2008

2009

2010

2011

2012

Note: includes companies with 100+ employees Source: eMarketer, Nov 1, 2010121699121699

www.eMarketer.com

For additional information on this chart, see the Endnotes section.

eMarketer analyzed results from a dozen third-party surveys as background to develop its social media usage forecast. At the low end, 58% of marketers surveyed by Chief Marketer magazine in April 2010 said they used offsite social media such as Facebook or LinkedIn. That question wording may have skewed the responses lower, since a certain percentage of marketers have social features on their own websites.

Social Media in the Marketing Mix

3

As cautious marketers have joined the early adopters, the percentage of companies using social media for marketing is still climbing. Chief Marketers survey showed a 24-percentage-point increase in usage of social media venues such as Facebook or LinkedIn, from 34.3% in 2009 to 58.3% in 2010. Meanwhile a survey by PRWeek and MS&L Group, conducted among chief marketing ofcers, VPs of marketing and marketing directors, found an 8-percentage-point increase between 2009 and 2010, from 63% to 71%.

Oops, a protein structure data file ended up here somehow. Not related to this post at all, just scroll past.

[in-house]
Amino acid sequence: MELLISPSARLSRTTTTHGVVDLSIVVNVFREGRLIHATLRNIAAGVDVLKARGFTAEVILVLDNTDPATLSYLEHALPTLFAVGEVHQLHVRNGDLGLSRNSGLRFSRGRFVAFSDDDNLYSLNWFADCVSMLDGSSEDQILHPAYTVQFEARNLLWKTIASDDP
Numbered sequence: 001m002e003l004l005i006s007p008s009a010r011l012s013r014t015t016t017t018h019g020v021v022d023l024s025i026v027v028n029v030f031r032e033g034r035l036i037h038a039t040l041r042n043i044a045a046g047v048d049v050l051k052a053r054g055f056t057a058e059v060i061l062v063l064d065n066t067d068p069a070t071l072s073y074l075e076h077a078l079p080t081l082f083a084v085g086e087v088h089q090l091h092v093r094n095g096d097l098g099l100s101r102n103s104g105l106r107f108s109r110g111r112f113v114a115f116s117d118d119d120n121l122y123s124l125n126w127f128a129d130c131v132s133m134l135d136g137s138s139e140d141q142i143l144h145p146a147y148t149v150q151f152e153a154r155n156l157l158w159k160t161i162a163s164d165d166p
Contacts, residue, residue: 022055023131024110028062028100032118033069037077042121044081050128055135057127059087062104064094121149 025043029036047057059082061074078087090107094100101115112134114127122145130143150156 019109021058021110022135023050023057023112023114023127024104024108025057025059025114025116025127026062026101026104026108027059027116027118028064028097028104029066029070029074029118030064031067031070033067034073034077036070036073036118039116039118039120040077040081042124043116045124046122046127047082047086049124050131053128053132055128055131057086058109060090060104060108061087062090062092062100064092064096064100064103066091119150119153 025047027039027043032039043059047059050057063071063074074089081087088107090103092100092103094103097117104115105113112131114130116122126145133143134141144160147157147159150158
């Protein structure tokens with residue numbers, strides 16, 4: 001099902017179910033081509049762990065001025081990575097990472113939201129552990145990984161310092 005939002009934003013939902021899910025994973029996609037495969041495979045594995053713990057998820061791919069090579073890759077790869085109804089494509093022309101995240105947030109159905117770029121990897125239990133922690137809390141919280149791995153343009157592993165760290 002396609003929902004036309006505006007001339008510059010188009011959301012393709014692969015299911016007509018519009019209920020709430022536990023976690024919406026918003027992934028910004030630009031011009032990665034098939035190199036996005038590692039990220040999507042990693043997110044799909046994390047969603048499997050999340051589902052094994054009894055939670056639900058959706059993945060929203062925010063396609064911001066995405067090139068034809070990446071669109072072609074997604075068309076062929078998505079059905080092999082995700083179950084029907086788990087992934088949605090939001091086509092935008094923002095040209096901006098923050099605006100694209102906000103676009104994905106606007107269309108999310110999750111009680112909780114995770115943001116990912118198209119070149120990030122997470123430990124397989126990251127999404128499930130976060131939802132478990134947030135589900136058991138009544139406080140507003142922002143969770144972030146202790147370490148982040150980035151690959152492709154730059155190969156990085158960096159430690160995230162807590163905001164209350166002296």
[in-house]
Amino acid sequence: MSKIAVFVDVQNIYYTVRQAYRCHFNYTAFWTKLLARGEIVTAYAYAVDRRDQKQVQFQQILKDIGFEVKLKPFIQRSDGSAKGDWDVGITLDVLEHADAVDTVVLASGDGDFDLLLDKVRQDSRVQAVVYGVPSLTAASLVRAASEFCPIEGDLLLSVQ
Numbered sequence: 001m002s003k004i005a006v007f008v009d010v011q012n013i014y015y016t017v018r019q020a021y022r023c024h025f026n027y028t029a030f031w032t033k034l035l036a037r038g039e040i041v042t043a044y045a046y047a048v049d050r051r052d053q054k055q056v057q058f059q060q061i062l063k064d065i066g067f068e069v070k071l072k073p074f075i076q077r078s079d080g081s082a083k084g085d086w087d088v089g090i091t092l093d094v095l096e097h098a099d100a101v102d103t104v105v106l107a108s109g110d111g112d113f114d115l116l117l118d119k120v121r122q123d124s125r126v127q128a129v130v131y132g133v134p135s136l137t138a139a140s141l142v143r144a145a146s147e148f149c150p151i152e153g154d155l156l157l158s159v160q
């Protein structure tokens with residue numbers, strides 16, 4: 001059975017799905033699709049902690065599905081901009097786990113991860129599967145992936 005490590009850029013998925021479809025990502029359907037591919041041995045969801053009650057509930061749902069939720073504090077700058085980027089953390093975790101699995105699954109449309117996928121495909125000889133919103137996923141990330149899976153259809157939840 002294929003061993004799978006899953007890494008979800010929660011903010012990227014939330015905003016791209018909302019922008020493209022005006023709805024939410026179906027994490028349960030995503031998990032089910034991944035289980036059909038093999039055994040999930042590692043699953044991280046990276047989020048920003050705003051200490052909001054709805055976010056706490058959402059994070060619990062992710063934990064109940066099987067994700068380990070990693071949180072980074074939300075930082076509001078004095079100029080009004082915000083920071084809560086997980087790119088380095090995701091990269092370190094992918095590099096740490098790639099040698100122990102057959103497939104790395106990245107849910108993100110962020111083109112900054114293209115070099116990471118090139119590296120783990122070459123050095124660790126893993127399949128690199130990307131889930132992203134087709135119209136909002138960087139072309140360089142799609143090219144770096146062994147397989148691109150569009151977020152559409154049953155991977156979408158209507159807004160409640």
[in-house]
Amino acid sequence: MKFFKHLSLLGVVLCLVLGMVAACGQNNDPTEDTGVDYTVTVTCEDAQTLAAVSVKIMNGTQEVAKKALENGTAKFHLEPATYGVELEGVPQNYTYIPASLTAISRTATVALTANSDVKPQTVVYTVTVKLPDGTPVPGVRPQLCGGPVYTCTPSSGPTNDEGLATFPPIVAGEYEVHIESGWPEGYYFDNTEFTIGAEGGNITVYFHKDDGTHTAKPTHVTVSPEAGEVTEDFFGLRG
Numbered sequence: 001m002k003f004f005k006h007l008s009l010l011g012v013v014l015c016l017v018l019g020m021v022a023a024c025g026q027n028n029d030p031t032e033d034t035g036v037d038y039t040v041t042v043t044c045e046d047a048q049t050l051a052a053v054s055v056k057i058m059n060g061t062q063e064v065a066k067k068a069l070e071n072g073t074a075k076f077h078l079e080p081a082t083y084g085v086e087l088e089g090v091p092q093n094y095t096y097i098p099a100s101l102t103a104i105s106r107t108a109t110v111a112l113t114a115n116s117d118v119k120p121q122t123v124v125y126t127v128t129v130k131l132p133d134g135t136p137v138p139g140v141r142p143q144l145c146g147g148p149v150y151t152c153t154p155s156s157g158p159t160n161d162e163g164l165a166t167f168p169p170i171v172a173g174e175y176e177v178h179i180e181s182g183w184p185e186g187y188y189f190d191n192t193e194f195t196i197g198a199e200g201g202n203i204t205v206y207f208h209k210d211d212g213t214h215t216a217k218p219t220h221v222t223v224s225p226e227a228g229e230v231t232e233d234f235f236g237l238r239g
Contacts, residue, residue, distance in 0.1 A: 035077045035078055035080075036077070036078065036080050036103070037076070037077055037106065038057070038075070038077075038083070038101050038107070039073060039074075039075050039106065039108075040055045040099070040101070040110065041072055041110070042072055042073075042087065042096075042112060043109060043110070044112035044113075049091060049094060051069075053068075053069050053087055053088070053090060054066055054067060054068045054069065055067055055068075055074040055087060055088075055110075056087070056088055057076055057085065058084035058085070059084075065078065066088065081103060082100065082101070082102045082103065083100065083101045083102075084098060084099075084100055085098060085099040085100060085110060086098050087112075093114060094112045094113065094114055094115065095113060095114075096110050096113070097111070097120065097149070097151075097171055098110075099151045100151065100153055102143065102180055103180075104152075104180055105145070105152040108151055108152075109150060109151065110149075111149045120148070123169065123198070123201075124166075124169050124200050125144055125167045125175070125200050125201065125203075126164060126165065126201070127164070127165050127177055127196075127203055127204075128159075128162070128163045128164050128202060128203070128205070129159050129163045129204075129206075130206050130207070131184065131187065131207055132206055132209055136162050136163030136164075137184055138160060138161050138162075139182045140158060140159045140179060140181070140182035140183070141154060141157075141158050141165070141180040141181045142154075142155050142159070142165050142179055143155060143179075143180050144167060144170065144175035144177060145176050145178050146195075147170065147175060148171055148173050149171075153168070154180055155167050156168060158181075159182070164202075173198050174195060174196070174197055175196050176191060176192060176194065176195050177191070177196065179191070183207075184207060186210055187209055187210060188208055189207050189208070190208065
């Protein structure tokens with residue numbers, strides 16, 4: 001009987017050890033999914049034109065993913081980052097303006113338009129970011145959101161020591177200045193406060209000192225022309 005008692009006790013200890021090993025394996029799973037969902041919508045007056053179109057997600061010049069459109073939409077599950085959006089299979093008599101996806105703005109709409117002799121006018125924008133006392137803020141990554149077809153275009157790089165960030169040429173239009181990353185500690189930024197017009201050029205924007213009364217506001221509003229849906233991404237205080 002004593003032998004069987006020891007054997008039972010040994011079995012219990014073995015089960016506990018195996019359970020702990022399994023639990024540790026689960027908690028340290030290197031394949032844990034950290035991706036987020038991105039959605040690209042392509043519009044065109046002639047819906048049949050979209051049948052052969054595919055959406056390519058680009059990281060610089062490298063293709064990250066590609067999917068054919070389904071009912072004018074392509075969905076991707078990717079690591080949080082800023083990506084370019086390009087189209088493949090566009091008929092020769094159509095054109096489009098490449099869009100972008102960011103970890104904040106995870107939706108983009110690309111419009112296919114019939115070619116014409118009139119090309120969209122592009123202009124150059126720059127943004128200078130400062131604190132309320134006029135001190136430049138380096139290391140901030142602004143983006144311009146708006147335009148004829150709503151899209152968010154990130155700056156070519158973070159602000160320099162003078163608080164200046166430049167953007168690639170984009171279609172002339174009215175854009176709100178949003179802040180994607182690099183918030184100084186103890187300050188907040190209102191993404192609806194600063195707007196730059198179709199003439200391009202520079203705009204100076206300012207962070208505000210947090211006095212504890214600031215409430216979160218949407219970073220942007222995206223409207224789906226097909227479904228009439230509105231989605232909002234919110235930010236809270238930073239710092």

On the other end of the scale, education and communications industry rms were highly likely to already use social media. The percentage of those types of rms that were not planning to use it was in the single digits.Social Media Use by Companies Worldwide, by Industry, July 2010 % of respondentsEducation 72% Communications 71% Services 66% Retail/wholesale 64% Financial services 50% Health/life sciences 48% Manufacturing 45% Government 44% Energy/utilities 32% Currently using 25% Planning to use 24% 27% 41% Not currently using, no plans to use 19% 32% 24% 26% 25% 22% 21% 12% 21% 11% 16% 9% 17% 6%

Were seeing social move from an experimental or campaign-based approach to something more ongoing. A year or two ago, someone would have an extra $100,000 they would want to put toward extending a promotion on Facebook. Now, many marketers have set up internal departments for social. Brands are realizing it takes an ongoing investment to create an ongoing dialogue with their customers.Kevin Barenblat, CEO of Context Optional, in an interview with eMarketer, October 2010Not every industry is adopting social media at the same rate. In a worldwide survey by SAS and Harvard Business Review, the companies that were least likely to be using social media were in the energy-utility, government and manufacturing industries.